Skip to main content

Selecting a Audit / Accounting Firm

Selecting an Audit firm for internal/financial audit or small assignments may be time consuming and challenging. I found few pointers on ACCA website:



Recommendation

  • ask business colleagues if they would recommend their accountant
  • ask your bank manager or solicitor
  • ask an adviser working for a Business Link (England), Local Economic Development Unit (Northern Ireland), County Enterprise Board (Republic of Ireland), Business Shop (Scotland), Business Connect (Wales) or the Chamber of Commerce.

Questions to ask the accountancy firm

  • how many partners are there in the firm?
  • how many clients does the firm have?
  • who will undertake the work?
  • what are the typical response and advice times to be expected?
  • what are the scales of charges and rates for partners and staff?
  • what is the firm's estimate of fees?
  • what expertise can the firm supply?
  • is it possible to speak to existing clients of the firm?

Select a short list of firms

  • arrange meetings with at least three firms
  • present the requirements/shopping list and a brief summary of the business
  • interview the firms; look for a firm that will add value to the business. Look for a firm that plans ahead, will look at future business development and will listen to and respond to business and personal aims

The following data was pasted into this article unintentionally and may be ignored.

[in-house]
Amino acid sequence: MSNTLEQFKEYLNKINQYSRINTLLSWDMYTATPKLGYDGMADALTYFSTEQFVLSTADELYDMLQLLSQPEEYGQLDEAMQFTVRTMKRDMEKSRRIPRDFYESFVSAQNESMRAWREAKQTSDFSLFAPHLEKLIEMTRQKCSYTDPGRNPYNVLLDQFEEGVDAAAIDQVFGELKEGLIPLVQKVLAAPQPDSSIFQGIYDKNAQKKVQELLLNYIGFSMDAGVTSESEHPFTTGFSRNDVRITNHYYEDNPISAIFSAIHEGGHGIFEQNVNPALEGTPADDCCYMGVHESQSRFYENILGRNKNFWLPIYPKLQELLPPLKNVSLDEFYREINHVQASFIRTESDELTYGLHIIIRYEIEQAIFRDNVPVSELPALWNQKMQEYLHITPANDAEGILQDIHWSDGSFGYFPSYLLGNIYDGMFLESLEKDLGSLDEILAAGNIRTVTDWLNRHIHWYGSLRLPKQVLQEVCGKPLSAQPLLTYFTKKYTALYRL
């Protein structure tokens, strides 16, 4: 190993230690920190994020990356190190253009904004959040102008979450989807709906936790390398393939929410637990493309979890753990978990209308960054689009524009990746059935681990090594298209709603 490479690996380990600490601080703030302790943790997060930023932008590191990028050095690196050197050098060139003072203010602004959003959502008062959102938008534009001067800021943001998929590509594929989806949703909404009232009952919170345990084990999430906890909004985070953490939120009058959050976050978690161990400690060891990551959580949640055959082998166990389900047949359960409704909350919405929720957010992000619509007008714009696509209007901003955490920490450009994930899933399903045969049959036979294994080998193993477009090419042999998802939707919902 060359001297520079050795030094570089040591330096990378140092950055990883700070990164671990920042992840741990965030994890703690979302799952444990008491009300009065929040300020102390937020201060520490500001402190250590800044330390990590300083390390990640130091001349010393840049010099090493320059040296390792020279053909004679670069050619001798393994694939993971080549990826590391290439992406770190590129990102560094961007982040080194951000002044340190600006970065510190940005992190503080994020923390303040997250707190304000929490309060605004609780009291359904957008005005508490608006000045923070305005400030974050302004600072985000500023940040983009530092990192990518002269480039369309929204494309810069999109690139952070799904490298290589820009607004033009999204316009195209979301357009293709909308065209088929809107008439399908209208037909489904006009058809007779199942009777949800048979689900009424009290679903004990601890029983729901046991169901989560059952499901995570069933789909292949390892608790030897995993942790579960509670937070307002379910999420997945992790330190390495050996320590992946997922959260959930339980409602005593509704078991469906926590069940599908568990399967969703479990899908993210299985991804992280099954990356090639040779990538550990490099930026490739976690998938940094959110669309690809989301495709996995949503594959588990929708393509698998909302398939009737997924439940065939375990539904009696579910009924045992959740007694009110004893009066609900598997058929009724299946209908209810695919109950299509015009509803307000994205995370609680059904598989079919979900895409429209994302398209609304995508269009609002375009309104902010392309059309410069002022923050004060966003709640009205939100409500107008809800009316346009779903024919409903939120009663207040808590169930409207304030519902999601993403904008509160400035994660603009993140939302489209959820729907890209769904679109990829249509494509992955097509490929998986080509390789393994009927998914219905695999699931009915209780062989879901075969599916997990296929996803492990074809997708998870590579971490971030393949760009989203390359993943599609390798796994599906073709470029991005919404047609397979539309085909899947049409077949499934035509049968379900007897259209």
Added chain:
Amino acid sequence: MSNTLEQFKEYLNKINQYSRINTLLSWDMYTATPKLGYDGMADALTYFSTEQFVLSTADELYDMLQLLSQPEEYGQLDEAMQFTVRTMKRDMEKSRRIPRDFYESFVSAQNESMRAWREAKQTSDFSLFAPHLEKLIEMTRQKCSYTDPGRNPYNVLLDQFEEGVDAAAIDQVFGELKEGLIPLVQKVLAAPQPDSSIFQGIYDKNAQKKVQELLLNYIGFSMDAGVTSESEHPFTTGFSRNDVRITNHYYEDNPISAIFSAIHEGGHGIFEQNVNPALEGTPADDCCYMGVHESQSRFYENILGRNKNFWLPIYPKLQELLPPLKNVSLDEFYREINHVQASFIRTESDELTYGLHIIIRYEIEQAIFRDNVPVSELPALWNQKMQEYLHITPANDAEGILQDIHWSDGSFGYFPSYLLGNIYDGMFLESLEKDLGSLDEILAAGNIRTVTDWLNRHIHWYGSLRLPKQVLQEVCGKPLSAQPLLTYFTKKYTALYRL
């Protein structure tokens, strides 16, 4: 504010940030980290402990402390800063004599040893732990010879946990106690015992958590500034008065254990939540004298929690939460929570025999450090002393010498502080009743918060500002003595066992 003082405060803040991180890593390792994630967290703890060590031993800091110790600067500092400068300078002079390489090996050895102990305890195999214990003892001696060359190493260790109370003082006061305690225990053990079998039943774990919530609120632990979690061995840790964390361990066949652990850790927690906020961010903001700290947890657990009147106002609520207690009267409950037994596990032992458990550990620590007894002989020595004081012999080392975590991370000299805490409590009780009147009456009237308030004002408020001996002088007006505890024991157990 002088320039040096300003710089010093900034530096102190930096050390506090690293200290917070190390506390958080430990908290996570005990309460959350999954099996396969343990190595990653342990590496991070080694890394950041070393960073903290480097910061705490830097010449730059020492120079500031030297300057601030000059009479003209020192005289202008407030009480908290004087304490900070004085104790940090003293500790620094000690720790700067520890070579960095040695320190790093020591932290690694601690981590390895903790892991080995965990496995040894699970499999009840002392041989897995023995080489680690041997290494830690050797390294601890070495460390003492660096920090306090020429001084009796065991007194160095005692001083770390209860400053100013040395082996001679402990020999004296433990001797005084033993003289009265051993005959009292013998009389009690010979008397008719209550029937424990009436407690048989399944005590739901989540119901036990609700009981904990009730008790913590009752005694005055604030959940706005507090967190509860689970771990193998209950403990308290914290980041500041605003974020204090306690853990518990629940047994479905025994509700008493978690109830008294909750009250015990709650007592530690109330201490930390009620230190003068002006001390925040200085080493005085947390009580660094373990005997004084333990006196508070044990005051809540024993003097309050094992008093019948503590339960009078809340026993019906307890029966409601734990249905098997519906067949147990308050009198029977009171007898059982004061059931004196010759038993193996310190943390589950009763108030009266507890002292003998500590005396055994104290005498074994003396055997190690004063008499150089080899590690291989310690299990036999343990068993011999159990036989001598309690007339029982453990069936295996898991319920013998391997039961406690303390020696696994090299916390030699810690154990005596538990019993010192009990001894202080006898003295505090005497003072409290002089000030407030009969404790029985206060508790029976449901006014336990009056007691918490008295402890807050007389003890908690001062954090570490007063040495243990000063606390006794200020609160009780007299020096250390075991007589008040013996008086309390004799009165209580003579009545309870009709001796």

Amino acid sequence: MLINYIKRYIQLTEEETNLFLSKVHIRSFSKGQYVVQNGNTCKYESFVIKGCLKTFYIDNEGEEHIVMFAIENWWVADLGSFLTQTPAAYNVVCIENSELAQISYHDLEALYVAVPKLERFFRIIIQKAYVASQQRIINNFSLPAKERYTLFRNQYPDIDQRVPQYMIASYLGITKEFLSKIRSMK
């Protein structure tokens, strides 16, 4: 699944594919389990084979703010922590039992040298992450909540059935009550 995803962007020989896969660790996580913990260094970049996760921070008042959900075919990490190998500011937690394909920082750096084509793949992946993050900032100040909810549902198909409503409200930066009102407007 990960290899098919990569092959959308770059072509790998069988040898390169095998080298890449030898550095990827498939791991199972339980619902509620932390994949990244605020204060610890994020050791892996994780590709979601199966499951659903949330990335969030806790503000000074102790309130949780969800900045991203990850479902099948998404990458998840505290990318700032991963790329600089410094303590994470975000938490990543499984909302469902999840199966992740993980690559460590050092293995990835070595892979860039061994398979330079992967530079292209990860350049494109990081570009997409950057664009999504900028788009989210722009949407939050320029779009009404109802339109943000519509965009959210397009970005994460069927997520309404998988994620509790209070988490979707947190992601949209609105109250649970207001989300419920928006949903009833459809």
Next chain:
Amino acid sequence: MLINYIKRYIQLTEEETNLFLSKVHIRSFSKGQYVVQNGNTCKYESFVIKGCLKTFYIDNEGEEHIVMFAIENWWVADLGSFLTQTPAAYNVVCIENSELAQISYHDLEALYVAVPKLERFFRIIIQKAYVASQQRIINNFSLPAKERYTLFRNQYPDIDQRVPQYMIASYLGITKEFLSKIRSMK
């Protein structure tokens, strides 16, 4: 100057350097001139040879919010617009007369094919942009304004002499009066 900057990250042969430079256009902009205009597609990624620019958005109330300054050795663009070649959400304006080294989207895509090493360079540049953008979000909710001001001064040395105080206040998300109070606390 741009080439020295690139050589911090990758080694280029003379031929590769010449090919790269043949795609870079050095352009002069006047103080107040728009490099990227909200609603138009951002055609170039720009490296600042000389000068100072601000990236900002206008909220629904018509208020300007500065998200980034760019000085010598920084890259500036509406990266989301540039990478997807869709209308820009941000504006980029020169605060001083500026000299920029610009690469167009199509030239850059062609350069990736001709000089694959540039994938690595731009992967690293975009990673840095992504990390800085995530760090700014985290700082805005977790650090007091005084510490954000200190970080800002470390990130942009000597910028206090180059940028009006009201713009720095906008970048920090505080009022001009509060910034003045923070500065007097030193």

• having selected a firm it will then issue a letter of engagement. This document is a contract between you and the accountancy firm which details, amongst other things, your responsibilities, the firm's responsibilities and the basis on which fees will be charged.
perpective

Source: Universe: A Matter of Perspective

Other pointers for selecting a Accounting firm for small assignments are:

1. First consider what services you might need from an accountant.
2. Determine the expertise you need, verses the knowledge you have.
3. Be realistic about your (or your organization's) knowledge of accounting.
4. Accessibility and Service Levels. What's right for you?
5. Don't Underestimate the value of a Certified Professional.
6. Getting your Ducks in Line.
7. Examining your Options.
8. Make it Happen!

Source: Hunter Group


Save with BUDGET car insurance.




Cheers,

Santosh Puthran

Add to Technorati Favorites

Do you like to be updated in Accountancy ?

Subscribe to Management Accountant by Email


Or

Subscribe in a reader


SAP Store, UK


Visit MA Stores ? You will find something you are looking for ....

Management Accountant Store, US - Powered by Amazon
Management Aaccountant Store, UK Stores - Powered by Amazon, UK
Digital Store, US



You may also like to read
  1. Practising ICWAI Members Directory
  2. Directory of ACCA Firms
  3. Directory of ICAEW Firms
  4. Find a CPA
  5. Tips for website for Accountants in Practise

Subscribe to RSS Feeds and be up-to-date
  1. Management Accountant
  2. Accountancy News
  3. My Favorite Blogs that I track
  4. SAP Jobs & Opportunities
Post a Comment

Popular posts from this blog